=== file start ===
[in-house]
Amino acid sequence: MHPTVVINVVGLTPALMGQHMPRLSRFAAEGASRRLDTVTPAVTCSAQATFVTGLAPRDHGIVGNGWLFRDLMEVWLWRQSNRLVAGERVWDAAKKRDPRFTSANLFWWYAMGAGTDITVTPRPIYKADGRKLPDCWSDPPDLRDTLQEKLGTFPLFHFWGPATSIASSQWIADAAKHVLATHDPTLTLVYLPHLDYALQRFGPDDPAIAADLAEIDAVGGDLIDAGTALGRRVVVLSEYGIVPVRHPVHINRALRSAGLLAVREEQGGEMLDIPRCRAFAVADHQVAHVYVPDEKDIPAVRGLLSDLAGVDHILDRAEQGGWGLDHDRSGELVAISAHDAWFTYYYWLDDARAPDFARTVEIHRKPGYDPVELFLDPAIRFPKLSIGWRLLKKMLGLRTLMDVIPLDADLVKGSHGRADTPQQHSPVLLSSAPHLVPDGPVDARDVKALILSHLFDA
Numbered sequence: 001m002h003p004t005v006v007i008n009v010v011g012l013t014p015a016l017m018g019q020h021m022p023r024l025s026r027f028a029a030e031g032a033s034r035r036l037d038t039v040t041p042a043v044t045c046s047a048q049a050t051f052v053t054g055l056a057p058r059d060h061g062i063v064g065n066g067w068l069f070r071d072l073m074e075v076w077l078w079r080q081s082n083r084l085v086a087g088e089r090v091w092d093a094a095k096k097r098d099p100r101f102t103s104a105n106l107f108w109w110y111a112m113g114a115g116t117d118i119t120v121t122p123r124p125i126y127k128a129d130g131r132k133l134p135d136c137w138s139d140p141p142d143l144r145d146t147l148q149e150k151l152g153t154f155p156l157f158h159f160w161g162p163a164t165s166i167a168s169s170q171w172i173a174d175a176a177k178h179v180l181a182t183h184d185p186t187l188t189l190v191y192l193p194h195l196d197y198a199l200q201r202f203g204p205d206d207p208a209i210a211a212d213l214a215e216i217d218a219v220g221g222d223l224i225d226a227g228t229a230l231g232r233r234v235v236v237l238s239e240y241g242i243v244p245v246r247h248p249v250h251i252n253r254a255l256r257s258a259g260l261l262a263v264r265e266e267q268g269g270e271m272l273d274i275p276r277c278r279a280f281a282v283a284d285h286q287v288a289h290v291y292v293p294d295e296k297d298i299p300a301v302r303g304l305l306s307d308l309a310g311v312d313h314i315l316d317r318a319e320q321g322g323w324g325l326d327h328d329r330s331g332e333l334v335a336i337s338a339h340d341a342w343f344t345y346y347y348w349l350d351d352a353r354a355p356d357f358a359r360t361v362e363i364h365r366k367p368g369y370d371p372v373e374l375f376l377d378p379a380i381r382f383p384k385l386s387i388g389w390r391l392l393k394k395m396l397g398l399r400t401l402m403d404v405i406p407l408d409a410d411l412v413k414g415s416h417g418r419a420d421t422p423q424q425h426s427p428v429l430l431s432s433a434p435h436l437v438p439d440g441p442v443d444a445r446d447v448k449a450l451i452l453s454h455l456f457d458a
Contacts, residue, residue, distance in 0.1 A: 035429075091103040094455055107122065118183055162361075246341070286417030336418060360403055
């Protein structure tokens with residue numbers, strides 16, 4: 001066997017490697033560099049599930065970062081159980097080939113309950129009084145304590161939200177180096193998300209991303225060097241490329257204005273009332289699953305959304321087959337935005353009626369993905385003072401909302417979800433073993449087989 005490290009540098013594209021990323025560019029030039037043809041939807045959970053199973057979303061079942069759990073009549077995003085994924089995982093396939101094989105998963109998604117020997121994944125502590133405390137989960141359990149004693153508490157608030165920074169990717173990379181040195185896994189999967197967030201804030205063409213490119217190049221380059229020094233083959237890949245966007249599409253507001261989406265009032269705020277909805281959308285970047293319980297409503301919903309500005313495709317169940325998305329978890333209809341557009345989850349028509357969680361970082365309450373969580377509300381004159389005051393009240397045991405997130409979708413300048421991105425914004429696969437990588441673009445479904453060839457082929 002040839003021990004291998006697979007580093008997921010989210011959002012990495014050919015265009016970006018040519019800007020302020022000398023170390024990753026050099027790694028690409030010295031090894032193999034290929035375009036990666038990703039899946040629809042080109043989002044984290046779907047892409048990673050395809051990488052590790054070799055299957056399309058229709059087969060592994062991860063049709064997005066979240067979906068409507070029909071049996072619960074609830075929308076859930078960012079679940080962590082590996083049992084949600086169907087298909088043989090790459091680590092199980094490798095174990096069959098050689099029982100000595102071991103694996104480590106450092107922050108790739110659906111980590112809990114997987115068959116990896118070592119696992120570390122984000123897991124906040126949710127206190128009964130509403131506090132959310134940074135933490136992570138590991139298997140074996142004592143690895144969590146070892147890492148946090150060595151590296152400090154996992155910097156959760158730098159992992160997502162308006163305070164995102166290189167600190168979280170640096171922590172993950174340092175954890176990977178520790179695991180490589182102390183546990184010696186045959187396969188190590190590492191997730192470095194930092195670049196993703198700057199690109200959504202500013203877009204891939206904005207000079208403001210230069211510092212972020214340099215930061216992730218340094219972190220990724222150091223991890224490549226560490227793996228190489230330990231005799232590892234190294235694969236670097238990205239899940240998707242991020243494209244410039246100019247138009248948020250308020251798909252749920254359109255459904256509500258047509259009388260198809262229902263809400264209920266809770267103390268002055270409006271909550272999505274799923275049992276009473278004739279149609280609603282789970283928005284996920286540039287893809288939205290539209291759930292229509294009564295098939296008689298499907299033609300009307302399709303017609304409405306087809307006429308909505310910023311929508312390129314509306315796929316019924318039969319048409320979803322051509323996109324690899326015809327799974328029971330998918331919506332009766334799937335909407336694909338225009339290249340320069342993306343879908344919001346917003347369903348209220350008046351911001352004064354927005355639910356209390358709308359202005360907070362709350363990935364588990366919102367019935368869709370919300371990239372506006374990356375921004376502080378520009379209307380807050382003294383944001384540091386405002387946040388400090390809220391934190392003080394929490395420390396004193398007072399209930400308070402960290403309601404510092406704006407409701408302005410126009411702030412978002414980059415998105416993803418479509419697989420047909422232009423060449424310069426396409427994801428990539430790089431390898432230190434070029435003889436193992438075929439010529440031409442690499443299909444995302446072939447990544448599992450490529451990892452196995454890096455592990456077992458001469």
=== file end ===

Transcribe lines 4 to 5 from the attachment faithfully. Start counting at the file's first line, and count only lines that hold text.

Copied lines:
Contacts, residue, residue, distance in 0.1 A: 035429075091103040094455055107122065118183055162361075246341070286417030336418060360403055
């Protein structure tokens with residue numbers, strides 16, 4: 001066997017490697033560099049599930065970062081159980097080939113309950129009084145304590161939200177180096193998300209991303225060097241490329257204005273009332289699953305959304321087959337935005353009626369993905385003072401909302417979800433073993449087989 005490290009540098013594209021990323025560019029030039037043809041939807045959970053199973057979303061079942069759990073009549077995003085994924089995982093396939101094989105998963109998604117020997121994944125502590133405390137989960141359990149004693153508490157608030165920074169990717173990379181040195185896994189999967197967030201804030205063409213490119217190049221380059229020094233083959237890949245966007249599409253507001261989406265009032269705020277909805281959308285970047293319980297409503301919903309500005313495709317169940325998305329978890333209809341557009345989850349028509357969680361970082365309450373969580377509300381004159389005051393009240397045991405997130409979708413300048421991105425914004429696969437990588441673009445479904453060839457082929 002040839003021990004291998006697979007580093008997921010989210011959002012990495014050919015265009016970006018040519019800007020302020022000398023170390024990753026050099027790694028690409030010295031090894032193999034290929035375009036990666038990703039899946040629809042080109043989002044984290046779907047892409048990673050395809051990488052590790054070799055299957056399309058229709059087969060592994062991860063049709064997005066979240067979906068409507070029909071049996072619960074609830075929308076859930078960012079679940080962590082590996083049992084949600086169907087298909088043989090790459091680590092199980094490798095174990096069959098050689099029982100000595102071991103694996104480590106450092107922050108790739110659906111980590112809990114997987115068959116990896118070592119696992120570390122984000123897991124906040126949710127206190128009964130509403131506090132959310134940074135933490136992570138590991139298997140074996142004592143690895144969590146070892147890492148946090150060595151590296152400090154996992155910097156959760158730098159992992160997502162308006163305070164995102166290189167600190168979280170640096171922590172993950174340092175954890176990977178520790179695991180490589182102390183546990184010696186045959187396969188190590190590492191997730192470095194930092195670049196993703198700057199690109200959504202500013203877009204891939206904005207000079208403001210230069211510092212972020214340099215930061216992730218340094219972190220990724222150091223991890224490549226560490227793996228190489230330990231005799232590892234190294235694969236670097238990205239899940240998707242991020243494209244410039246100019247138009248948020250308020251798909252749920254359109255459904256509500258047509259009388260198809262229902263809400264209920266809770267103390268002055270409006271909550272999505274799923275049992276009473278004739279149609280609603282789970283928005284996920286540039287893809288939205290539209291759930292229509294009564295098939296008689298499907299033609300009307302399709303017609304409405306087809307006429308909505310910023311929508312390129314509306315796929316019924318039969319048409320979803322051509323996109324690899326015809327799974328029971330998918331919506332009766334799937335909407336694909338225009339290249340320069342993306343879908344919001346917003347369903348209220350008046351911001352004064354927005355639910356209390358709308359202005360907070362709350363990935364588990366919102367019935368869709370919300371990239372506006374990356375921004376502080378520009379209307380807050382003294383944001384540091386405002387946040388400090390809220391934190392003080394929490395420390396004193398007072399209930400308070402960290403309601404510092406704006407409701408302005410126009411702030412978002414980059415998105416993803418479509419697989420047909422232009423060449424310069426396409427994801428990539430790089431390898432230190434070029435003889436193992438075929439010529440031409442690499443299909444995302446072939447990544448599992450490529451990892452196995454890096455592990456077992458001469």